At Imola we got a completely clean run at things, and it was McLaren carrying the fight to Red Bull again - a Red Bull that wasn’t working properly on Friday, but by qualifying and the race was about where you’d expect it to be in Max Verstappen’s hands.

Red Bull brought an update for this race, so did Ferrari, and yet those upgrades didn’t redress the balance with McLaren. If Oscar Piastri hadn’t been compromised by a grid penalty for impeding Magnussen in Q1, it’s likely McLaren would have locked out the podium behind Verstappen.

So McLaren has been definitively faster than Ferrari on a low-degradation circuit and now on a front-limited one - the kind of track Ferrari used to be better than Red Bull on. 

Carlos Sainz has been saying Ferrari anticipated this being “a McLaren track” pre-weekend, but the trouble there is more and more circuits that weren’t McLaren tracks in the past are now becoming McLaren tracks. 

The McLaren is prodigiously quick through fast corners, much better than it was through slow ones (unless they go on a bit too long), has become much, much more efficient in a straight line too - and, as Norris showed at the end of this race, is also much better than it was at looking after tyres over a race stint.

Given where Ferrari started 2024, you have to chalk this up as 1-0 to McLaren in the development race - and that has to be cause for some serious head-scratching back at Maranello.

The bigger-picture win

Josh Suttill

It may well be too late for any kind of 2024 title fight as, even if McLaren and Ferrari are close enough to threaten Red Bull most weekends, Verstappen has still just extended his lead to 48 points.

But what it should do is give everyone far more hope for 2025 than we had only a couple of weeks ago.

Pre-Miami, 2025 was already becoming seen as something of a write-off title-wise, with the new car and engine regulations for 2026 being marked as the next proper chance for anyone else to challenge Verstappen and Red Bull for the title.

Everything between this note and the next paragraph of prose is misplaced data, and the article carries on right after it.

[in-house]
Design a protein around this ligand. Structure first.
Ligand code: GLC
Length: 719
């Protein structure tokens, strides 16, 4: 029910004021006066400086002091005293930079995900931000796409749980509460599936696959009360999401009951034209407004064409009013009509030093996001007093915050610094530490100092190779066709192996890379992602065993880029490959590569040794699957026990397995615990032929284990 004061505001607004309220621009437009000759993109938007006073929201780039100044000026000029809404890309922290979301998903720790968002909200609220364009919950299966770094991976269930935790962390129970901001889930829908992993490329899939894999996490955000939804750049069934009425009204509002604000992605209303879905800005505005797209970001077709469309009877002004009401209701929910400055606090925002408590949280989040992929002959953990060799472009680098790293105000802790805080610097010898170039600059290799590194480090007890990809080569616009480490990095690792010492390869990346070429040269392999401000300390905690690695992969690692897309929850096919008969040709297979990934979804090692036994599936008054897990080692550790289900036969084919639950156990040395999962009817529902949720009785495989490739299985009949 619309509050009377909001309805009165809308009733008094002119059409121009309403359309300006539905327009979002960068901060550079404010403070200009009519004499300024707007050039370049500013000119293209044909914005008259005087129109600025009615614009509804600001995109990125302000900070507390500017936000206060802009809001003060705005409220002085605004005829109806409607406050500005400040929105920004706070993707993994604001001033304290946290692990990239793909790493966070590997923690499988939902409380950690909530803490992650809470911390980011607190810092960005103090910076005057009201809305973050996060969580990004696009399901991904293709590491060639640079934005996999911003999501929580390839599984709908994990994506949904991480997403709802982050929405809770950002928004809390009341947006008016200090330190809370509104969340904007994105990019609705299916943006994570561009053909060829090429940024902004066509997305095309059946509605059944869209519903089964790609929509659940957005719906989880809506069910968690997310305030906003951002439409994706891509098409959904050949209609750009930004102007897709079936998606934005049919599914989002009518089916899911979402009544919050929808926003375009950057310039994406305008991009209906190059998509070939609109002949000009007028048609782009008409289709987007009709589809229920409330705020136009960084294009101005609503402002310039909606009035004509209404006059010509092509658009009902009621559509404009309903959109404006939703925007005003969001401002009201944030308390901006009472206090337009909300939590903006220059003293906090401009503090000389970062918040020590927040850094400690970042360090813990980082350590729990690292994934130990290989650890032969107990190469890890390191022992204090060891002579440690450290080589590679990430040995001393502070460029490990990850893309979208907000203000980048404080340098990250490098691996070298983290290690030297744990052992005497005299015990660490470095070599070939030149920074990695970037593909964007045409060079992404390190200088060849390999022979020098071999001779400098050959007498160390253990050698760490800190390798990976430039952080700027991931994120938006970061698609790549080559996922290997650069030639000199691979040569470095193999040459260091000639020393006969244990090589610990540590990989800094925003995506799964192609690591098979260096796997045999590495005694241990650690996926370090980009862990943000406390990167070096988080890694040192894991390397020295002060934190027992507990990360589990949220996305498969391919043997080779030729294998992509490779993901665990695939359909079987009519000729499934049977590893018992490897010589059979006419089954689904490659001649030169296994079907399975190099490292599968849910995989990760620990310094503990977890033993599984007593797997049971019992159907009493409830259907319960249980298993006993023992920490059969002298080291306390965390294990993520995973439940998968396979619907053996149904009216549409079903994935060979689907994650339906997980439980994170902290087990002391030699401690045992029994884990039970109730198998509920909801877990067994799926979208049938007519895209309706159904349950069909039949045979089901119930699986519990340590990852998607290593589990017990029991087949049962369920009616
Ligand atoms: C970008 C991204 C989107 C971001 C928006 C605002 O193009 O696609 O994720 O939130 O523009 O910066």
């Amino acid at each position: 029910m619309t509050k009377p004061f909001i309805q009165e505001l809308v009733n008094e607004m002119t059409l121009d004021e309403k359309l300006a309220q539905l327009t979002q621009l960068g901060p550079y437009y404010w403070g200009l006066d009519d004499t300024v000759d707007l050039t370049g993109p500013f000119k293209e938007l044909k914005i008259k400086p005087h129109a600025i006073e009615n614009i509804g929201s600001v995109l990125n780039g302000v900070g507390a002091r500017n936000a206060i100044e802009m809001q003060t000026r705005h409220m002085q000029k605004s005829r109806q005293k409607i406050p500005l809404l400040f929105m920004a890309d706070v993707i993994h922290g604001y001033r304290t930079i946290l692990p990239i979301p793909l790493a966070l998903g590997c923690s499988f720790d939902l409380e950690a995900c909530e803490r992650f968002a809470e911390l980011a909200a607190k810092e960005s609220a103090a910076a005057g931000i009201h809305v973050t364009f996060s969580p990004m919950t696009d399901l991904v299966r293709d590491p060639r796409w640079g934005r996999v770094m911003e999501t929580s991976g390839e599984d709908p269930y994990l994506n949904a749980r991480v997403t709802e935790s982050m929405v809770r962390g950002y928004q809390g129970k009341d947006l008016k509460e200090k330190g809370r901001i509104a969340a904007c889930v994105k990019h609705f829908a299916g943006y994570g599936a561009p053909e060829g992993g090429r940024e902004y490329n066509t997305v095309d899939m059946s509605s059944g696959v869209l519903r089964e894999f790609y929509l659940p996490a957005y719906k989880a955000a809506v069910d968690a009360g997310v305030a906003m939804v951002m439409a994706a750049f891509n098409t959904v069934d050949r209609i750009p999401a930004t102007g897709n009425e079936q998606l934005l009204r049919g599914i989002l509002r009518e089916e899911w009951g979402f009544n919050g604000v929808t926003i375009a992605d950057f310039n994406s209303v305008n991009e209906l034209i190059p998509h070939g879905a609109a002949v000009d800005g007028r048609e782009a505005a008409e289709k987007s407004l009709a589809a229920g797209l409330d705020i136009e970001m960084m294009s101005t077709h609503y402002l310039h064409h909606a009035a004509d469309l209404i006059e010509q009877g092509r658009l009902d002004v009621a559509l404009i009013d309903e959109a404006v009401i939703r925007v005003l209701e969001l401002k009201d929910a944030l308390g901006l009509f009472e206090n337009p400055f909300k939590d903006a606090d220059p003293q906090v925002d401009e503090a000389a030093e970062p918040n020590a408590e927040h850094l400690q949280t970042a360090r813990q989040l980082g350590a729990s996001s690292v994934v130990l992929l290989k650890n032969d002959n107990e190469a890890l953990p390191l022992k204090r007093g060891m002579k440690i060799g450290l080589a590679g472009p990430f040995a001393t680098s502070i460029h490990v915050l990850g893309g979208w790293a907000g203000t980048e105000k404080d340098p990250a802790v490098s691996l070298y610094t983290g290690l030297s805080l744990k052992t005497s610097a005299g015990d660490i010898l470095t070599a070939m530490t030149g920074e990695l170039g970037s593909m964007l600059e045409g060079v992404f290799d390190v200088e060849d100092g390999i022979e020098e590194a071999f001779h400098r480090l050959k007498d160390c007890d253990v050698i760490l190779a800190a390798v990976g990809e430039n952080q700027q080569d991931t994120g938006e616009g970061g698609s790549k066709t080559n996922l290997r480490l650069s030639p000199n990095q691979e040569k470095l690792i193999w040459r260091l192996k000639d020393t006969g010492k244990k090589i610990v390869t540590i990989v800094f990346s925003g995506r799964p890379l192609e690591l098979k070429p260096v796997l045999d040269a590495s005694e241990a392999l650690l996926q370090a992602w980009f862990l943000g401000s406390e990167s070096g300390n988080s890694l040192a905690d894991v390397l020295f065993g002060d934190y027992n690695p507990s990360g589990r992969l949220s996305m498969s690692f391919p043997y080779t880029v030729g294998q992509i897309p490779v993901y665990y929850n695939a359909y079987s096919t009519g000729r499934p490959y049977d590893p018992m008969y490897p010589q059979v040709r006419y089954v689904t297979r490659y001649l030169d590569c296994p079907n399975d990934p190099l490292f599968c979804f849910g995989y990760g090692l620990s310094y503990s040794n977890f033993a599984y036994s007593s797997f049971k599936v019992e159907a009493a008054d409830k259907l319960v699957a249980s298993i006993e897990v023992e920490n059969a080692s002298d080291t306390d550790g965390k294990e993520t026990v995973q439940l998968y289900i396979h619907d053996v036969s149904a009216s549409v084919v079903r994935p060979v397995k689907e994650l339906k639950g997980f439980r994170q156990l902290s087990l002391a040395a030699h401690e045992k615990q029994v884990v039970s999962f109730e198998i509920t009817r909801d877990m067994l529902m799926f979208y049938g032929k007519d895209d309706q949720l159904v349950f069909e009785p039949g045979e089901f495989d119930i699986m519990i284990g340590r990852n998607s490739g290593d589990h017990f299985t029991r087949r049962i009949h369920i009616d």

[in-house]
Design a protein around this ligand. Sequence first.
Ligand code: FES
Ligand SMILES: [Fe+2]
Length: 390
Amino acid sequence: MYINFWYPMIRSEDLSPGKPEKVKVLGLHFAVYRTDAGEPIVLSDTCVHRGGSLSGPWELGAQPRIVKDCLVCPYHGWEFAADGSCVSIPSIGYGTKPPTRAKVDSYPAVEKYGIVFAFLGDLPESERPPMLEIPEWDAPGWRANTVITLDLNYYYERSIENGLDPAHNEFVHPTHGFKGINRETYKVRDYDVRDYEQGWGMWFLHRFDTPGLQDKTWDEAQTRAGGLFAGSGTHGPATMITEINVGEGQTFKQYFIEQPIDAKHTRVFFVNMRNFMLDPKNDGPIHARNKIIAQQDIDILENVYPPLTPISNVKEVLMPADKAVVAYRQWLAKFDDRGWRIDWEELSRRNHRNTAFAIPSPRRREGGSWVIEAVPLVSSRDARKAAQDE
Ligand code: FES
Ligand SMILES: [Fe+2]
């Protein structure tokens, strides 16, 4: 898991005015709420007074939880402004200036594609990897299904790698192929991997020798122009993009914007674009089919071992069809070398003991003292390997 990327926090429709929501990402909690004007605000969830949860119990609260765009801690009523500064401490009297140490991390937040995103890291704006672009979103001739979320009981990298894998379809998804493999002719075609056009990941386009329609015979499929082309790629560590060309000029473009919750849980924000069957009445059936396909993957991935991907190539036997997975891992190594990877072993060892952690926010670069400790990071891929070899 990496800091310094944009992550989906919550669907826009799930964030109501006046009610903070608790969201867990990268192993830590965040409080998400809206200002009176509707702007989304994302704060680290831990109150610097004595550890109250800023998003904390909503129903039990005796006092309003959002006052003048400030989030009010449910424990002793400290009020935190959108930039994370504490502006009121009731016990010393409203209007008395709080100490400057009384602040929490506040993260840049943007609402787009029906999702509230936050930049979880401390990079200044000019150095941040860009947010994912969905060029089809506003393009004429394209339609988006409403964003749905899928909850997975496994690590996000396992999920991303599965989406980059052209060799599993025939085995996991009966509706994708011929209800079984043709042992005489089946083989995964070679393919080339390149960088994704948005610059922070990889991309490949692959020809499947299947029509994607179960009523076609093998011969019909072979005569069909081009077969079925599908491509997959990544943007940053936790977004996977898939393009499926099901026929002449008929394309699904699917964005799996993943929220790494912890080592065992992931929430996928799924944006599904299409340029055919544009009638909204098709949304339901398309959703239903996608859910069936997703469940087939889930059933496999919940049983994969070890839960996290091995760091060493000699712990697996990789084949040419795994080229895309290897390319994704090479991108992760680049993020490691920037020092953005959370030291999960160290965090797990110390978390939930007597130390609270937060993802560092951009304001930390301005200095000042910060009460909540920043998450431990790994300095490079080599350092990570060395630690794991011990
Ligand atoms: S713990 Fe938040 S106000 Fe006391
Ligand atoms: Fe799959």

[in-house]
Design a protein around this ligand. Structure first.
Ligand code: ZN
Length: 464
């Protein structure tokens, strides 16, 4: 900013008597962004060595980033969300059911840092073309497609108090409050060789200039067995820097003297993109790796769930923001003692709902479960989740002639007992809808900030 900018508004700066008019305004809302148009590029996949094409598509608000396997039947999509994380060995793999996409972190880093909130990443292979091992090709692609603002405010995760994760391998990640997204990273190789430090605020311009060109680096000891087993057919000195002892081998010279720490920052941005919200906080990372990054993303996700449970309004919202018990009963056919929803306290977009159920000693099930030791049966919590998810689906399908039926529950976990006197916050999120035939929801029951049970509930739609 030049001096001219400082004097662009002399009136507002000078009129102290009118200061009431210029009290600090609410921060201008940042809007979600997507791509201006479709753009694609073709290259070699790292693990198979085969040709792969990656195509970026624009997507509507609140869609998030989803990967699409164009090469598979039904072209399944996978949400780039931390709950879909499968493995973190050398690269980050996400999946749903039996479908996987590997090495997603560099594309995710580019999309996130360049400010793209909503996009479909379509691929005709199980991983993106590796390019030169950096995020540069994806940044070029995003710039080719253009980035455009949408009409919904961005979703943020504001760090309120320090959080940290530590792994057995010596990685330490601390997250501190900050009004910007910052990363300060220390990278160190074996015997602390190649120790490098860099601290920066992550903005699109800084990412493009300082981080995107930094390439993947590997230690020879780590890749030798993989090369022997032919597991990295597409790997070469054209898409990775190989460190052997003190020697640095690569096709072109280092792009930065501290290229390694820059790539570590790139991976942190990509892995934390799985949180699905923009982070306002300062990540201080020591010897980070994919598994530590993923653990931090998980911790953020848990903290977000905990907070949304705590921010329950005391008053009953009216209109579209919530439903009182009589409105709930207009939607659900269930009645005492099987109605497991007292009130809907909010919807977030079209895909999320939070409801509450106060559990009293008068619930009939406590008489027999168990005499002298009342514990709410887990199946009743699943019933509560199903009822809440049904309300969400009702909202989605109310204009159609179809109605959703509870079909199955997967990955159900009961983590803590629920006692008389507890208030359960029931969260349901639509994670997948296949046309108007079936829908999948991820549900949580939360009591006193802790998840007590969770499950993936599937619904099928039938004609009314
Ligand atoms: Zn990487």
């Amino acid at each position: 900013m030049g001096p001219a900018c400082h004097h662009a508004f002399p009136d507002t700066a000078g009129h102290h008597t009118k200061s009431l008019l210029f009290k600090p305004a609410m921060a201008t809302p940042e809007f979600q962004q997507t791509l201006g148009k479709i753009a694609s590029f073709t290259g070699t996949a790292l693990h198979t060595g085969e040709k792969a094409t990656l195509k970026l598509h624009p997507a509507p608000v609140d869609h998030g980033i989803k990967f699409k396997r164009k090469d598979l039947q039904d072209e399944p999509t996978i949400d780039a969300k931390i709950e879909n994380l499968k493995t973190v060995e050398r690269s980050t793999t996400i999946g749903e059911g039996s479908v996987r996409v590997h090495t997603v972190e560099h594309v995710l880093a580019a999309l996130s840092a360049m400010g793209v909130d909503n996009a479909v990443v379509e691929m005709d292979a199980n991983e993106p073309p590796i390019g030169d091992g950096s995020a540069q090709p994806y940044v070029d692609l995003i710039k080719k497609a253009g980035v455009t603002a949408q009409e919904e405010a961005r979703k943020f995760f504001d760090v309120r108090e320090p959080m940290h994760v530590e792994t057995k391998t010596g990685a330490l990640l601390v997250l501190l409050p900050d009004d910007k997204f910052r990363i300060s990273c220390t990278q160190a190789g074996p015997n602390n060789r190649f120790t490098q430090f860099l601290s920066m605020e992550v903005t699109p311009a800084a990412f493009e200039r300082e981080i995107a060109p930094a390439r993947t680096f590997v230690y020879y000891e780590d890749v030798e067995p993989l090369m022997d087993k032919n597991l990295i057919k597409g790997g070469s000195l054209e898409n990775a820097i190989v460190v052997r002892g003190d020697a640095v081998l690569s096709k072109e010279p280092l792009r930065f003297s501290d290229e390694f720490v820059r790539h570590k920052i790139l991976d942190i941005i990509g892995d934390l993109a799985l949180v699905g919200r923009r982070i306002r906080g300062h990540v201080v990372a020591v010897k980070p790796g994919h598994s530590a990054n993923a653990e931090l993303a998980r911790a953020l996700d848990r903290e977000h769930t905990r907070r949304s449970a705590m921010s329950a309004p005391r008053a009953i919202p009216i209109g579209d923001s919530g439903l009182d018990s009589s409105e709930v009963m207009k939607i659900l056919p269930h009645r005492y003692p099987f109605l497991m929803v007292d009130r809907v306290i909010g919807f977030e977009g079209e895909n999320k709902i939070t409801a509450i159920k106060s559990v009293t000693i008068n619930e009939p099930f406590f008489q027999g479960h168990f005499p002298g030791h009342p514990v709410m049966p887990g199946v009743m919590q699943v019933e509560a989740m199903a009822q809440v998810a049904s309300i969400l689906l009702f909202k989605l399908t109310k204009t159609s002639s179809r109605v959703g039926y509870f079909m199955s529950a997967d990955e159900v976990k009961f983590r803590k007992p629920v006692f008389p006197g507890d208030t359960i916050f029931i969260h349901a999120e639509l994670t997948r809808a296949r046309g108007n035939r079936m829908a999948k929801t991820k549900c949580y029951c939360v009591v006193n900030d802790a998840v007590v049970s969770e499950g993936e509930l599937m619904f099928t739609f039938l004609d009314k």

But with the trajectory McLaren's upgrade path has already taken it on in 2024 and Ferrari's ability to challenge Red Bull at Melbourne-like circuits, there is now non-fanciful hope that, one of, if not both of, Ferrari and McLaren can deliver F1's first proper title fight in three years.

A proper Red Bull celebration

Glenn Freeman

Regardless of what this means for the rest of the season, it was nice to see Red Bull pushed to the limit and the celebrations that led to.

Verstappen and Red Bull could certainly never be accused of faking over-hyped celebrations (as some dominant champions have been in the past) whenever he takes a comfortable victory. Sometimes the radio chatter at the chequered flag has sounded close to boredom. So to hear exaltation at the flag this time, and to see genuine emotion as Max celebrated with his crew in parc ferme was a nice change. 

In fact, even in Miami I got a slight vibe of Verstappen being happier to see his buddy Norris win than he would have been if he’d romped home himself by 20 seconds with no opposition.

I’m not criticising Verstappen and Red Bull for the way they celebrate the easy wins. But it’s better for them and F1 to see them taking wins that are so difficult to pull off they feel like they mean more.

  • Facebook
  • Twitter
  • Email
  • More Networks